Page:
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Protein precipitates out so fast


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5 replies to this topic

#1 shimshady

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Posted 09 April 2009 - 01:01 PM

I am expressing a human protien in Rosetta BL21 cells and i get great expression. Our sonicator has recently broken so for the mean time ive been doing freeze thaw cycles. Is this bad for the protein? Anyways i purify a whole lot of protein about 60 mgs or so. However the longer it sits out, it just precipitates, even after ive removed the imidazole (i use a Ni column). I know the protein is sort of stable because someone else has made it and it works fine. Is this a by product of the freeze thaw cycles? Thanks

Andrew

#2 shimshady

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Posted 10 April 2009 - 08:01 AM

Anyone think that the imidazole and my protein dont like each other? I wonder if can collect the eluent from the column into dilute buffer with maybe glycerol? Thoughts, concerns, comments?

#3 klinmed

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Posted 11 April 2009 - 02:17 AM

Anyone think that the imidazole and my protein dont like each other? I wonder if can collect the eluent from the column into dilute buffer with maybe glycerol? Thoughts, concerns, comments?


Good for you. Lovely levels of expression!
Think you may be on the right track with dilution/glycerol. Probably a good idea to do a simple stability trial. I really donīt think that the imidazole is the problem. Questions and suggestions:

1) Is your purified protein too concentrated? Try diluting to < 1 mg/ml.

2) Are you storing it too near itīs isoelectric point (where it is least soluble)? Try diluting into say 50 mM MES buffer pH 6.5 and 50 mM Tris 8.5.

3) As you suggest add glycerol to 10 - 20%. I have found that ethylene glycol (50%) is very good for storing proteins. It can prevent aggregation, is non-denaturing and allows you to store protein as a liquid at-20 oC. It is easily removed by dialysis or gel filtration.

4) Does your protein contain free thiols? If so, add 1 mM DTT to the storage buffer.

5) Does your protein not like high or low ionic strength? Try dialysis against 50 mM pH 6.5 and 8.5 buffer with and without 250 mM NaCl.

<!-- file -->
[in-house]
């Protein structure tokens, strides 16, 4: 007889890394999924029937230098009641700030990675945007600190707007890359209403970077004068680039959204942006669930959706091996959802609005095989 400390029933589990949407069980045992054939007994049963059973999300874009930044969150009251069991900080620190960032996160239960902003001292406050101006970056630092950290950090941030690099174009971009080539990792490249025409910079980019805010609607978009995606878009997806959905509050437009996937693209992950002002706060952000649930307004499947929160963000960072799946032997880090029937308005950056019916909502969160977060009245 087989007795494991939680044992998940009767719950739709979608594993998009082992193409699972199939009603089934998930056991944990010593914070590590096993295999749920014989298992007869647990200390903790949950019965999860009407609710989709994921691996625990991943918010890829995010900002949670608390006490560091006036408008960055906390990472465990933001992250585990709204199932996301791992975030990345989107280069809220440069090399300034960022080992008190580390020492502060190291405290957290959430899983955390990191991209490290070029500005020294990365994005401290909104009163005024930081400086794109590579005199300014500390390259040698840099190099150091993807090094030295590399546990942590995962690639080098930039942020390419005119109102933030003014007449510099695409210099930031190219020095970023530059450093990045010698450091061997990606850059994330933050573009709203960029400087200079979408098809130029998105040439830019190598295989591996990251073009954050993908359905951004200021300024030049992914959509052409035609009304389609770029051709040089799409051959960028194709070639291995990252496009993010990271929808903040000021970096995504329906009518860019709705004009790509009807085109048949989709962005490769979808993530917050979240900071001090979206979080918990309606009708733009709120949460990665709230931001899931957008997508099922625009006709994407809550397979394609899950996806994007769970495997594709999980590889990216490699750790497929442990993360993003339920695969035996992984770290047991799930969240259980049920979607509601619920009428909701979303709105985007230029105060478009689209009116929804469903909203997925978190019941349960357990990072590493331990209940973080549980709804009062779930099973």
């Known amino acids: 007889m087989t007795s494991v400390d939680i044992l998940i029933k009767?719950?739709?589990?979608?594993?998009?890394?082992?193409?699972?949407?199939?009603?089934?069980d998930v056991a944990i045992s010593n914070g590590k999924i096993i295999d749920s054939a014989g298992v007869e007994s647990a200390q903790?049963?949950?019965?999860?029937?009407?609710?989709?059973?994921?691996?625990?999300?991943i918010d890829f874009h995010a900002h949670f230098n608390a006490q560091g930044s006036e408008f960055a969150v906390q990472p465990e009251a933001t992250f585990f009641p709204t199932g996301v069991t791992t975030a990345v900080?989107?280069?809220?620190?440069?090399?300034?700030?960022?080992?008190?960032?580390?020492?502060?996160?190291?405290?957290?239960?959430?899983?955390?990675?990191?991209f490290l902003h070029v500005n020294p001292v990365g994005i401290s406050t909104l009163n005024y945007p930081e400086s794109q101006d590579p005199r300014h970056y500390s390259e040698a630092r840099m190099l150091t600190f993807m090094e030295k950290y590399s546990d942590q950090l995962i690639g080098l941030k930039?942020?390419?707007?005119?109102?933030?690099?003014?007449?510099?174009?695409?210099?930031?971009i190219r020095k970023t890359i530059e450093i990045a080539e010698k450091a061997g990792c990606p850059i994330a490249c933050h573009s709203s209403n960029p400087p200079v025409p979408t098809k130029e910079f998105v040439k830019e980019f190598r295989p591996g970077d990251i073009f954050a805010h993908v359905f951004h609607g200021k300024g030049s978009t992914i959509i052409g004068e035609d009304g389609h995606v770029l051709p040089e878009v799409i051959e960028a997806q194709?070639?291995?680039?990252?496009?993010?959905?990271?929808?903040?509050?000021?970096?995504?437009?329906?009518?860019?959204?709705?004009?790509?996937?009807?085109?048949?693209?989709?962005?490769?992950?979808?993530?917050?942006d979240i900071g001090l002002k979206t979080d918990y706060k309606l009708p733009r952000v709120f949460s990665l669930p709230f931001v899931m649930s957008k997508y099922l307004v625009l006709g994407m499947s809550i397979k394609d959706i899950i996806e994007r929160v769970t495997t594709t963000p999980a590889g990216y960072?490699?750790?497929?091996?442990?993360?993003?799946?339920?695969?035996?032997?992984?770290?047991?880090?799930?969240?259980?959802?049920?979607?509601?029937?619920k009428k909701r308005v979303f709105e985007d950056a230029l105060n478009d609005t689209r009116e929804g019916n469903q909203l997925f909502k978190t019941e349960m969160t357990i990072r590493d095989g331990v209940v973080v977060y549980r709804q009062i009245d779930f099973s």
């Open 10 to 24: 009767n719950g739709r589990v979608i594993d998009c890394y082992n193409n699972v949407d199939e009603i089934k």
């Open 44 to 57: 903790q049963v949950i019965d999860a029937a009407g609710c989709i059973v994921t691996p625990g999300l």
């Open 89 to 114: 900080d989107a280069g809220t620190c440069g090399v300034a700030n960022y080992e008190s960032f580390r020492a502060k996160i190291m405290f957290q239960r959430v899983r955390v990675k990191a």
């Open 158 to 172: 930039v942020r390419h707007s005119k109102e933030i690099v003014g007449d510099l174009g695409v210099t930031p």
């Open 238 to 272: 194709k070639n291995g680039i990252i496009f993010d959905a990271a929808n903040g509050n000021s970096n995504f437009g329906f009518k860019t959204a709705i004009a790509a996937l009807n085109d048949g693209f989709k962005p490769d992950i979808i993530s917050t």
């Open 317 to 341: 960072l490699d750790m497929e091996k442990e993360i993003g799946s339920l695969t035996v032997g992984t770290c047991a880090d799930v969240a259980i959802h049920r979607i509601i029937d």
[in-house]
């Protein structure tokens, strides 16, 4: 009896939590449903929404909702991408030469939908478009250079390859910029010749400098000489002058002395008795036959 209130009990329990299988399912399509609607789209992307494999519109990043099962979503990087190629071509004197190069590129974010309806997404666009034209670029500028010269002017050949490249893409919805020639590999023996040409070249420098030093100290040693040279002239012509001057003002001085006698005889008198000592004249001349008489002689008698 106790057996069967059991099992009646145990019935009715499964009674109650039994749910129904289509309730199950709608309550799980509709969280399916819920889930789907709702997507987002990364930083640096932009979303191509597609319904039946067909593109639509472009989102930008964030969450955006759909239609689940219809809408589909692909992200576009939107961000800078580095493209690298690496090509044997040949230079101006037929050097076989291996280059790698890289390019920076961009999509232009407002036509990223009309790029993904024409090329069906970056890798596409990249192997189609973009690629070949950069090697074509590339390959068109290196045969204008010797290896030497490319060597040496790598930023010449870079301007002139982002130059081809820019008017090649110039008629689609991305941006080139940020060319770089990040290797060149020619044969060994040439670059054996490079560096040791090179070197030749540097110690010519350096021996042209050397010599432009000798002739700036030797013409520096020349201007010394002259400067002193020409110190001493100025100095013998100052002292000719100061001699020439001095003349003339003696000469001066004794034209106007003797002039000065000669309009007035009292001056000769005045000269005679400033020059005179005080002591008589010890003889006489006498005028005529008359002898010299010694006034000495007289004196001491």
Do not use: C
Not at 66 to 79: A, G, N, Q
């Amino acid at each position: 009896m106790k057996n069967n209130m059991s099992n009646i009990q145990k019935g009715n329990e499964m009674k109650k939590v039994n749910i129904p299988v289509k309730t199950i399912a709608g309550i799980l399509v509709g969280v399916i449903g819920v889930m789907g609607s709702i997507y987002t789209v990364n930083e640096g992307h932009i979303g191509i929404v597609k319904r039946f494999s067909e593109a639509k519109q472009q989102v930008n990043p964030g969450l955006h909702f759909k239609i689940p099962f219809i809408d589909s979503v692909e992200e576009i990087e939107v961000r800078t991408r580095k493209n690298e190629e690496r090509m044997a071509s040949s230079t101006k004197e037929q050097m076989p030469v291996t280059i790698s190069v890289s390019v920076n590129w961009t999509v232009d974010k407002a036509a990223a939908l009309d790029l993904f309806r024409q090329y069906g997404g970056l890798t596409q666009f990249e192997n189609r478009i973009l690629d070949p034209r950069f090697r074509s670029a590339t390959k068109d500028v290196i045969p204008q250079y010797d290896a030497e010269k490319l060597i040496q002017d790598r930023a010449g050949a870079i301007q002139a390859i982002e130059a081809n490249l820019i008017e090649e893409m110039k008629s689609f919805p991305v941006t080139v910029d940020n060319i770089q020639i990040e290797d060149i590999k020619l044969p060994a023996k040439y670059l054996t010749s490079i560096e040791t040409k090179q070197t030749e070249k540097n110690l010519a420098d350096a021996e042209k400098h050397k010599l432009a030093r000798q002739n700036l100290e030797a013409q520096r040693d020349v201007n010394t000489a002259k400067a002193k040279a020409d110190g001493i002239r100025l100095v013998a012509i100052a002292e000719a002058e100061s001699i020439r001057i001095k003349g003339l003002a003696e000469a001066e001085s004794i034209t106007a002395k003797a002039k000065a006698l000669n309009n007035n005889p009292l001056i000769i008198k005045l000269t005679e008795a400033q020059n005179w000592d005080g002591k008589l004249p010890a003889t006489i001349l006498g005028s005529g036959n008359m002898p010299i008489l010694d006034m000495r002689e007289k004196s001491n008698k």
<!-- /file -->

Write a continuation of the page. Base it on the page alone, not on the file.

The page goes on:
6) If hydrophobic interactions are a problem, and glycerol or ethylene glycol do not work, try using a low concentration of a non-ionic detergent such as Tween 20 or NP40. Usually as a last resort since they are almost impossible to remove. Ok though if their presence does not influence what you want to use your protein for.

7) In really tough cases, and when desperation sets in, try buffer additions such as arginine or 1 - 2 M urea. Not nice but....

8) Use a combination of some of the above.

Hope this helps.

#4 sudhakar mutyala

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Posted 21 April 2009 - 04:07 AM

Anyone think that the imidazole and my protein dont like each other? I wonder if can collect the eluent from the column into dilute buffer with maybe glycerol? Thoughts, concerns, comments?


Good for you. Lovely levels of expression!
Think you may be on the right track with dilution/glycerol. Probably a good idea to do a simple stability trial. I really donīt think that the imidazole is the problem. Questions and suggestions:

1) Is your purified protein too concentrated? Try diluting to < 1 mg/ml.

2) Are you storing it too near itīs isoelectric point (where it is least soluble)? Try diluting into say 50 mM MES buffer pH 6.5 and 50 mM Tris 8.5.

3) As you suggest add glycerol to 10 - 20%. I have found that ethylene glycol (50%) is very good for storing proteins. It can prevent aggregation, is non-denaturing and allows you to store protein as a liquid at-20 oC. It is easily removed by dialysis or gel filtration.